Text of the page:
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1 June 2006 Prevalence of Sarcocystis spp. in Two Subspecies of Caribou (Rangifer tarandus) in Newfoundland and Labrador, and Foxes (Vulpes vulpes), Wolves (Canis lupus), and Husky Dogs (Canis familiaris) as Potential Definitive Hosts
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Abstract

A study was conducted to determine the prevalence and geographical distribution of Sarcocystis spp. infecting 2 subspecies of caribou (Rangifer tarandus) inhabiting Newfoundland and Labrador and its potential definitive hosts. Muscle samples of caribou were obtained, primarily from hunters, and feces of red foxes (Vulpes vulpes) and wolves (Canis lupus), from trappers, and Husky dogs (Canis familiaris), from owners. Histological sections of muscle and flotation methods for feces were used for parasitic detection. Sarcocystis sp. infected more than 50% of barren-ground caribou (R. t. tarandus) from 4 locations in Newfoundland, but it was significantly greater in the north, where 99% of woodland caribou (R. t. caribou) from Labrador harbored the infection. Sporocysts were observed in 27 of 32 red foxes from eastern and northern Newfoundland, whereas 15 of 15 wolves and 22 of the 38 Husky dogs were infected. Wolves and red foxes probably acquired the infection through scavenging, and Husky dogs, from meat they were fed.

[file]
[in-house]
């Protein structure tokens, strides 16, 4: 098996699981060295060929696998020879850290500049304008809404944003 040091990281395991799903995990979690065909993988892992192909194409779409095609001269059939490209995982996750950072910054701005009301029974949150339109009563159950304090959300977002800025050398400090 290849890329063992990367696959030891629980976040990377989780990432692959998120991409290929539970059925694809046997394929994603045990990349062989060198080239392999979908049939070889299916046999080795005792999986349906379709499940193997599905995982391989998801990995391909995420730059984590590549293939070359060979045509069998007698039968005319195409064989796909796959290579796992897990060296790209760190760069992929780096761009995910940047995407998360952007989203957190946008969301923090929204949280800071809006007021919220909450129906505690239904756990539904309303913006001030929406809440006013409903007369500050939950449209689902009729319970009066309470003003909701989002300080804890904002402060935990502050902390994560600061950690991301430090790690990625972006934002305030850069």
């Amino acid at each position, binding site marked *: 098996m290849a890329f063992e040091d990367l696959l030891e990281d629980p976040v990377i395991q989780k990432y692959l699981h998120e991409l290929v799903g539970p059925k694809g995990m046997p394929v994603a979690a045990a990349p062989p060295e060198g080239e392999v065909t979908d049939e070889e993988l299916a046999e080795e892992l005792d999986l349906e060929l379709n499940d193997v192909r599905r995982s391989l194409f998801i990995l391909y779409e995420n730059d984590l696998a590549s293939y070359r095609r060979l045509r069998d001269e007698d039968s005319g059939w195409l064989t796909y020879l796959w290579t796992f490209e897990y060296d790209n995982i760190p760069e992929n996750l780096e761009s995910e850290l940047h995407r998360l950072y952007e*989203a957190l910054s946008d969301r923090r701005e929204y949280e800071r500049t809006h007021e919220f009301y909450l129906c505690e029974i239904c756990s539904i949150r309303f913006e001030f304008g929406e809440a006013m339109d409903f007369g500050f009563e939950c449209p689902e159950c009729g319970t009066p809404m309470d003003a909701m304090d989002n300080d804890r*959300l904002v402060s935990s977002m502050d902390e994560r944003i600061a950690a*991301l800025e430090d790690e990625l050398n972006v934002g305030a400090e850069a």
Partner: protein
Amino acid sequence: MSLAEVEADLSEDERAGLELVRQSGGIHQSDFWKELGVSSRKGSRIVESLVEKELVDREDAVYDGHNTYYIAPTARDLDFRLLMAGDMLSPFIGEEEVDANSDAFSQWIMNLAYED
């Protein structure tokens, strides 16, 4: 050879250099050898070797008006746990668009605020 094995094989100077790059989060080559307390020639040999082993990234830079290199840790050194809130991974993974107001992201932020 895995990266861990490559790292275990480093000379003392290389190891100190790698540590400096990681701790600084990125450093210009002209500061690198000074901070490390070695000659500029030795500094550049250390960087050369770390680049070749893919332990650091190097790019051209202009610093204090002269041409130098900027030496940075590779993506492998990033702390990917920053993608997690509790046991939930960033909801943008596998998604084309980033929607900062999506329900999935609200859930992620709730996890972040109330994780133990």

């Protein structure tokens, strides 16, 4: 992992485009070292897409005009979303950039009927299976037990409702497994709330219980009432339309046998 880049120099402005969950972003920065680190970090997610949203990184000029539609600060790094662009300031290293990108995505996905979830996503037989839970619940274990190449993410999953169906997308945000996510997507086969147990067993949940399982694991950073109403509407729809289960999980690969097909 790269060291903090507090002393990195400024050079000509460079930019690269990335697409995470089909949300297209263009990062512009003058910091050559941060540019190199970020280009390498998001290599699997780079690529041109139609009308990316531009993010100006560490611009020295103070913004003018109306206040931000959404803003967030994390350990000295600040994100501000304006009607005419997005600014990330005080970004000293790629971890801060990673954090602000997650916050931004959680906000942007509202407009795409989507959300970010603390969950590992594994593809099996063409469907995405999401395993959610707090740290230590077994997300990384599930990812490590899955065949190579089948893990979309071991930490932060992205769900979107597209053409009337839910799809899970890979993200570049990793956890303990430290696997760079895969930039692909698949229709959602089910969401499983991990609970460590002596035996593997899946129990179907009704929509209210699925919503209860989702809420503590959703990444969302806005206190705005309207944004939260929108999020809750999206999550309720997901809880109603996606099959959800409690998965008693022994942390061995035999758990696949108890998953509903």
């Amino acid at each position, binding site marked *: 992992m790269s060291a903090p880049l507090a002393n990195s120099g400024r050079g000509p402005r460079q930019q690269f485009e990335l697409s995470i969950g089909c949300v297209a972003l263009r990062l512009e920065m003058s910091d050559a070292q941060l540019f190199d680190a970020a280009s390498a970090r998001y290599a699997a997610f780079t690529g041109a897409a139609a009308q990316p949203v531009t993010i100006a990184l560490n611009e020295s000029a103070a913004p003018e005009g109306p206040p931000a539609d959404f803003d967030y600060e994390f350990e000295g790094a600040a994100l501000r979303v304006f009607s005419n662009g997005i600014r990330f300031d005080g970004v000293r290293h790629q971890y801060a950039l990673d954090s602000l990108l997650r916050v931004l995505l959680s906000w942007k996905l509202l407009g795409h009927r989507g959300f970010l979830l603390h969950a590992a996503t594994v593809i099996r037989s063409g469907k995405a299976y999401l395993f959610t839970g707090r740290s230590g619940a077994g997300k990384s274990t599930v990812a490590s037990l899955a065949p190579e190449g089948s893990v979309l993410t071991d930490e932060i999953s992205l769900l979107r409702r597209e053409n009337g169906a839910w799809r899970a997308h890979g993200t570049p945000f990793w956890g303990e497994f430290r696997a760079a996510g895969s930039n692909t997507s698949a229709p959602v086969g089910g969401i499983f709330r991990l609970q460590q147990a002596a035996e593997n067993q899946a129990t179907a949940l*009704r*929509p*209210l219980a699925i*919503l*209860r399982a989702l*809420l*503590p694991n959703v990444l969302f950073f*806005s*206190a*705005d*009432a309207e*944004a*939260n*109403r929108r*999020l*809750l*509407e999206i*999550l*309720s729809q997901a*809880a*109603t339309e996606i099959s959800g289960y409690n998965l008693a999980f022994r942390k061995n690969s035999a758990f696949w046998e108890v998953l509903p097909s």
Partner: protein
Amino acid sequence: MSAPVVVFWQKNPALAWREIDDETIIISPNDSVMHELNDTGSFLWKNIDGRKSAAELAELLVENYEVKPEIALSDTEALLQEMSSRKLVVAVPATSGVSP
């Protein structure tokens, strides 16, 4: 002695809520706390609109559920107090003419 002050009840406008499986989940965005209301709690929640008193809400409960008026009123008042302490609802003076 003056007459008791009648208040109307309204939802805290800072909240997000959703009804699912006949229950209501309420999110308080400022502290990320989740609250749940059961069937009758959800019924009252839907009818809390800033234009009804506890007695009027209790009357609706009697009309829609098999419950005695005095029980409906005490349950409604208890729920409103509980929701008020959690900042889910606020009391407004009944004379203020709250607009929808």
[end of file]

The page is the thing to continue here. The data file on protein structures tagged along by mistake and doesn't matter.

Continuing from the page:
R. A. Khan and L. Evans "Prevalence of Sarcocystis spp. in Two Subspecies of Caribou (Rangifer tarandus) in Newfoundland and Labrador, and Foxes (Vulpes vulpes), Wolves (Canis lupus), and Husky Dogs (Canis familiaris) as Potential Definitive Hosts," Journal of Parasitology 92(3), 662-663, (1 June 2006). https://doi.org/10.1645/GE-753R1.1
Published: 1 June 2006
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